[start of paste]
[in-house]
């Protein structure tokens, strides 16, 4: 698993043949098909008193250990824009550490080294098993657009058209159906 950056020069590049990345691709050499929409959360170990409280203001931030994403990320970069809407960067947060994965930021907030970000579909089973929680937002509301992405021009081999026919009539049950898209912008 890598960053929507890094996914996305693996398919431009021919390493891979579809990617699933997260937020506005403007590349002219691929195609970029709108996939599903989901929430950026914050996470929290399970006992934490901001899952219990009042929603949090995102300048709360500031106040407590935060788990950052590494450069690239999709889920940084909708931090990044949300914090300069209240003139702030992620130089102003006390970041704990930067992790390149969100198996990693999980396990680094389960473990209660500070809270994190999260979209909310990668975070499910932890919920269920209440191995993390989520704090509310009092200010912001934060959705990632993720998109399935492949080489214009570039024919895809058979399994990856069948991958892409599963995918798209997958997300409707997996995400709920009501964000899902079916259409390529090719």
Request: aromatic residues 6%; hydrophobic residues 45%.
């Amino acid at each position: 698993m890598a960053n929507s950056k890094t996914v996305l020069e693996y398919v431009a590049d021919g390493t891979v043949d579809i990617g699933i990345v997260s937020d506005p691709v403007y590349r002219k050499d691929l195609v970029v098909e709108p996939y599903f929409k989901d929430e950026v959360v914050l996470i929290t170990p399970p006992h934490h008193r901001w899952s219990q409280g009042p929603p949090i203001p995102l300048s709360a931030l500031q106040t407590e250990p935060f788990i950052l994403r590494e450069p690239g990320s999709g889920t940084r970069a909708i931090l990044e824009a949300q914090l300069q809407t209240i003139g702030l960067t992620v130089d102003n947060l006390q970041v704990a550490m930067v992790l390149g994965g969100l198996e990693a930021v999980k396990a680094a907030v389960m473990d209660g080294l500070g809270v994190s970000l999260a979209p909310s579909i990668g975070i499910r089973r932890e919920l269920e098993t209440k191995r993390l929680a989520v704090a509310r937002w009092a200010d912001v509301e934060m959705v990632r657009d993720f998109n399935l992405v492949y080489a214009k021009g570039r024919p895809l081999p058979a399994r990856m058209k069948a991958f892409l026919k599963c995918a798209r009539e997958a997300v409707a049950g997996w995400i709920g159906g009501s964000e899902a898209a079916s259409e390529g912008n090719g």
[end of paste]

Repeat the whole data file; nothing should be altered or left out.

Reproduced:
[in-house]
């Protein structure tokens, strides 16, 4: 698993043949098909008193250990824009550490080294098993657009058209159906 950056020069590049990345691709050499929409959360170990409280203001931030994403990320970069809407960067947060994965930021907030970000579909089973929680937002509301992405021009081999026919009539049950898209912008 890598960053929507890094996914996305693996398919431009021919390493891979579809990617699933997260937020506005403007590349002219691929195609970029709108996939599903989901929430950026914050996470929290399970006992934490901001899952219990009042929603949090995102300048709360500031106040407590935060788990950052590494450069690239999709889920940084909708931090990044949300914090300069209240003139702030992620130089102003006390970041704990930067992790390149969100198996990693999980396990680094389960473990209660500070809270994190999260979209909310990668975070499910932890919920269920209440191995993390989520704090509310009092200010912001934060959705990632993720998109399935492949080489214009570039024919895809058979399994990856069948991958892409599963995918798209997958997300409707997996995400709920009501964000899902079916259409390529090719």
Request: aromatic residues 6%; hydrophobic residues 45%.
């Amino acid at each position: 698993m890598a960053n929507s950056k890094t996914v996305l020069e693996y398919v431009a590049d021919g390493t891979v043949d579809i990617g699933i990345v997260s937020d506005p691709v403007y590349r002219k050499d691929l195609v970029v098909e709108p996939y599903f929409k989901d929430e950026v959360v914050l996470i929290t170990p399970p006992h934490h008193r901001w899952s219990q409280g009042p929603p949090i203001p995102l300048s709360a931030l500031q106040t407590e250990p935060f788990i950052l994403r590494e450069p690239g990320s999709g889920t940084r970069a909708i931090l990044e824009a949300q914090l300069q809407t209240i003139g702030l960067t992620v130089d102003n947060l006390q970041v704990a550490m930067v992790l390149g994965g969100l198996e990693a930021v999980k396990a680094a907030v389960m473990d209660g080294l500070g809270v994190s970000l999260a979209p909310s579909i990668g975070i499910r089973r932890e919920l269920e098993t209440k191995r993390l929680a989520v704090a509310r937002w009092a200010d912001v509301e934060m959705v990632r657009d993720f998109n399935l992405v492949y080489a214009k021009g570039r024919p895809l081999p058979a399994r990856m058209k069948a991958f892409l026919k599963c995918a798209r009539e997958a997300v409707a049950g997996w995400i709920g159906g009501s964000e899902a898209a079916s259409e390529g912008n090719g």